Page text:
It's fun to be negative on the economy. All the cool kids are doing it.
But you've got to have a story to bring to your cocktail parties.
It may or may not have data to support it, but that's O.K.
These bearish stories will then be paraded out by our favorite pundits as reason number 34 of why the market isn't safe to invest in, and it keeps people out.
Combined with recency bias and the fact that many investors were burned back in 2008, market participants tend to be skeptical of higher prices in the context of a cyclical bull market. This is known as the "wall of worry."
So what kind of stories have we seen? Here's a list:
- Municipal governments unable to get out of debt (a la Meredith Whitney)
- Commercial real estate is the next leg lower
- QE2 is ending
- The dollar is losing its reserve status
- blah blah zerohedge blah
And the most recent set has been the euro voodoo and the debt ceiling (which I think is nonsense). Odds are our respective governments will delay the issue of spending and revenue for another day, which leads us with a "news vacuum." What can the news networks pick up on that would make investors skittish?
China. And we're already seeing some warning signs.
$CAT is the first piece of evidence. They missed (but guided up). Here's a snippet from tradearabia.com, emphasis mine:
The maker of equipment used in mining and construction also said economic growth in the US and other developed economies was weaker than expected and reported signs of a slowdown in China, said a report in our sister publication, the Gulf Daily News.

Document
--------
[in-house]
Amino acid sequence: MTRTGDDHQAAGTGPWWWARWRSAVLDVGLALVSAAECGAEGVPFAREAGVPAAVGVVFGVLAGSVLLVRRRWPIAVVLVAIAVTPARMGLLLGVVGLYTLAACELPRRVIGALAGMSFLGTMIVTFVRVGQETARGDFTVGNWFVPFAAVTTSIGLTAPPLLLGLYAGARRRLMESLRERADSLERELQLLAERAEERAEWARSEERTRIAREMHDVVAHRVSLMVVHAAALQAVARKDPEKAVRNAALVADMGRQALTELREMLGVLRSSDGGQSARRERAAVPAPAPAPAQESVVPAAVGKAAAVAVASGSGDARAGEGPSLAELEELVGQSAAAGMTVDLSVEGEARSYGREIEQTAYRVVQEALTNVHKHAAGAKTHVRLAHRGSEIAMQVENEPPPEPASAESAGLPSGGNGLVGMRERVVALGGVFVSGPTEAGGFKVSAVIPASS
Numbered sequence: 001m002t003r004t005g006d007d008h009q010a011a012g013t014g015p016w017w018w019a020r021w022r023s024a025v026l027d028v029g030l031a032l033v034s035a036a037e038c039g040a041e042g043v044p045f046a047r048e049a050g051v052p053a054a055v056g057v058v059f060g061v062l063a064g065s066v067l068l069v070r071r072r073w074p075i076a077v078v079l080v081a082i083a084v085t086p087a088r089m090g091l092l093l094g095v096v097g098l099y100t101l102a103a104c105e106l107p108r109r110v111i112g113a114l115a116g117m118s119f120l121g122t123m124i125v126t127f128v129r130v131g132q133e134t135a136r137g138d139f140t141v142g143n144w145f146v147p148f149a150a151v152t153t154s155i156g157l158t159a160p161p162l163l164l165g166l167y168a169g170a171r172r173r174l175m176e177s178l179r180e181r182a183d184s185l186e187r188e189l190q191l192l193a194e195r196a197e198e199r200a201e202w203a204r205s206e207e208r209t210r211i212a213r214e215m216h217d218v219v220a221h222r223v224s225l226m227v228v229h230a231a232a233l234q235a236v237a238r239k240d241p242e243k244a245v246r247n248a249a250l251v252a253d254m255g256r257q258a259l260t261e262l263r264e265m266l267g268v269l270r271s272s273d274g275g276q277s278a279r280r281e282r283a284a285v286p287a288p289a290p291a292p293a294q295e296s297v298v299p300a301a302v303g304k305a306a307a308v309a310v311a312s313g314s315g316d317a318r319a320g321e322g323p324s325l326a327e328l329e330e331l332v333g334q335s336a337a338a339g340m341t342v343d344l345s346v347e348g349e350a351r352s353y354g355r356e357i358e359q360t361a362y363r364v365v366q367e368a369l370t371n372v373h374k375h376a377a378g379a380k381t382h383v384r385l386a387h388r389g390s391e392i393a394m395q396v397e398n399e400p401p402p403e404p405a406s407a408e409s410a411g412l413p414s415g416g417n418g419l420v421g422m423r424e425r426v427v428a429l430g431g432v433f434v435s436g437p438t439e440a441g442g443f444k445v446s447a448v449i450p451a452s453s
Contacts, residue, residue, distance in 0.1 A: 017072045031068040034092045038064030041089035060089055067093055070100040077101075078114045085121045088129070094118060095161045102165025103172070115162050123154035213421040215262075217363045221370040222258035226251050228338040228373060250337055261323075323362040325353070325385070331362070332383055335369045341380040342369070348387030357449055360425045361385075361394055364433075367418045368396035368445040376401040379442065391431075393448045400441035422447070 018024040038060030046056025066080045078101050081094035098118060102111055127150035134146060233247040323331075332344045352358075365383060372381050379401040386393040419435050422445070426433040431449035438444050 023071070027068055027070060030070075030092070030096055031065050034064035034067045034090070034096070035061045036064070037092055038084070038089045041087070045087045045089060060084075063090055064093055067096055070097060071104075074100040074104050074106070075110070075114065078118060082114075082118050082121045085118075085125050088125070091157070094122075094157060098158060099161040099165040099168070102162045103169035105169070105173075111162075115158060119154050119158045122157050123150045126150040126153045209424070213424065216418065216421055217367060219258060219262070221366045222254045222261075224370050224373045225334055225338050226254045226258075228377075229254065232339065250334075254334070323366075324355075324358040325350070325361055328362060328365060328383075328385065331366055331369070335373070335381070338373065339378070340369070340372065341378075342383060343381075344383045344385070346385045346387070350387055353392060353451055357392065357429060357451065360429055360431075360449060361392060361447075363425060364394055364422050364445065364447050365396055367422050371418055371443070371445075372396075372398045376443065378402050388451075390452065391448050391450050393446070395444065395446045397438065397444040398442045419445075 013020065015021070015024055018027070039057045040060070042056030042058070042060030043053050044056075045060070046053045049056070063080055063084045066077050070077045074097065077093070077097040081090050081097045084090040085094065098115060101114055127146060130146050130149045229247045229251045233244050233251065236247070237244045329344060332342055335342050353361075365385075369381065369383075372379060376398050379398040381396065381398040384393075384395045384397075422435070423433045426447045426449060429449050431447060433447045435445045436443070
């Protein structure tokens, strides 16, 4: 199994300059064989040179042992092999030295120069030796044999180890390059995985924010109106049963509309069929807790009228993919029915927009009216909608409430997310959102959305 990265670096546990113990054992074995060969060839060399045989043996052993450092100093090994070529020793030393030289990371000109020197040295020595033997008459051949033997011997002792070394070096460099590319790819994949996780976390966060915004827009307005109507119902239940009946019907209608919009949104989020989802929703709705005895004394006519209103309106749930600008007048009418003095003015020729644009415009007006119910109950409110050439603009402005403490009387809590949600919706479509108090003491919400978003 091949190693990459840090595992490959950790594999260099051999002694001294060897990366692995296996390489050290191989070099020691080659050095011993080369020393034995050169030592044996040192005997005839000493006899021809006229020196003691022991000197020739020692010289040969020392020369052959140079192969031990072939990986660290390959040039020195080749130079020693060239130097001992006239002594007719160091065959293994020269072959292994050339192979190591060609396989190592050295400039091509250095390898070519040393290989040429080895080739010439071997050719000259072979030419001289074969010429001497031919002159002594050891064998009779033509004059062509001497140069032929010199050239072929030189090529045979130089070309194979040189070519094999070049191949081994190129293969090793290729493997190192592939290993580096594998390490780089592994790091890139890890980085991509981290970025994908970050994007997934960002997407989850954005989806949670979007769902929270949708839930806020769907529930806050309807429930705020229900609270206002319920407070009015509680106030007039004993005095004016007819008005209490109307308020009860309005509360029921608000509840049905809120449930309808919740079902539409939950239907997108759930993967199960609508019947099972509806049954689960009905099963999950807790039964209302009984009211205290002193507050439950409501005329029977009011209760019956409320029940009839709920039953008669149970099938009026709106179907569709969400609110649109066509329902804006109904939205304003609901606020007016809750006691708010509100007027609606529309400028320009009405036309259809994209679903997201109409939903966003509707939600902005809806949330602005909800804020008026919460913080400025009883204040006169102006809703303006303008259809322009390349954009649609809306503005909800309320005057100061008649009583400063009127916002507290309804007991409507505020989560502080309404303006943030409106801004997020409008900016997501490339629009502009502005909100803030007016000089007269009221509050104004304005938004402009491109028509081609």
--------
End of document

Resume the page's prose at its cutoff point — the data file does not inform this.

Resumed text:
$CAT has a lot of skin in the game with respect to the China growth story as they are literally the shovel salesman in a booming market. The fact that they are seeing sales slow in the country is not the best sign in the world.
Next up on deck is the relative underperformance of the steel sector:
This follows news out of the major steel players such as $AKS, $NUE and $X indicating a softer market (AP):
AK Steel Holding Corp. on Tuesday joined United States Steel Corp. and Nucor Corp. in predicting weaker results in the July-to-September quarter. Individual companies cited factors ranging from softer demand, higher costs and lower steel prices to rising supplies that could pressure prices and margins.
These are just a few warning signs.
Add a few sensationalist videos showing China's ghost cities combined with the Red Collar crime wave that permeates the entire sino-capitalist culture, and you've got a pretty good bearish thesis to work with.
Combine that with the fact that there are political ramifications here with respect to trade and isolationist threads in the U.S. populace, and we could see this story pop up in the Fall.
Will the short trade here work out? Who knows, I follow price to define my risk. But it's nice to get a feel of what the next big story will be so that you won't be in a panic about its ramifications.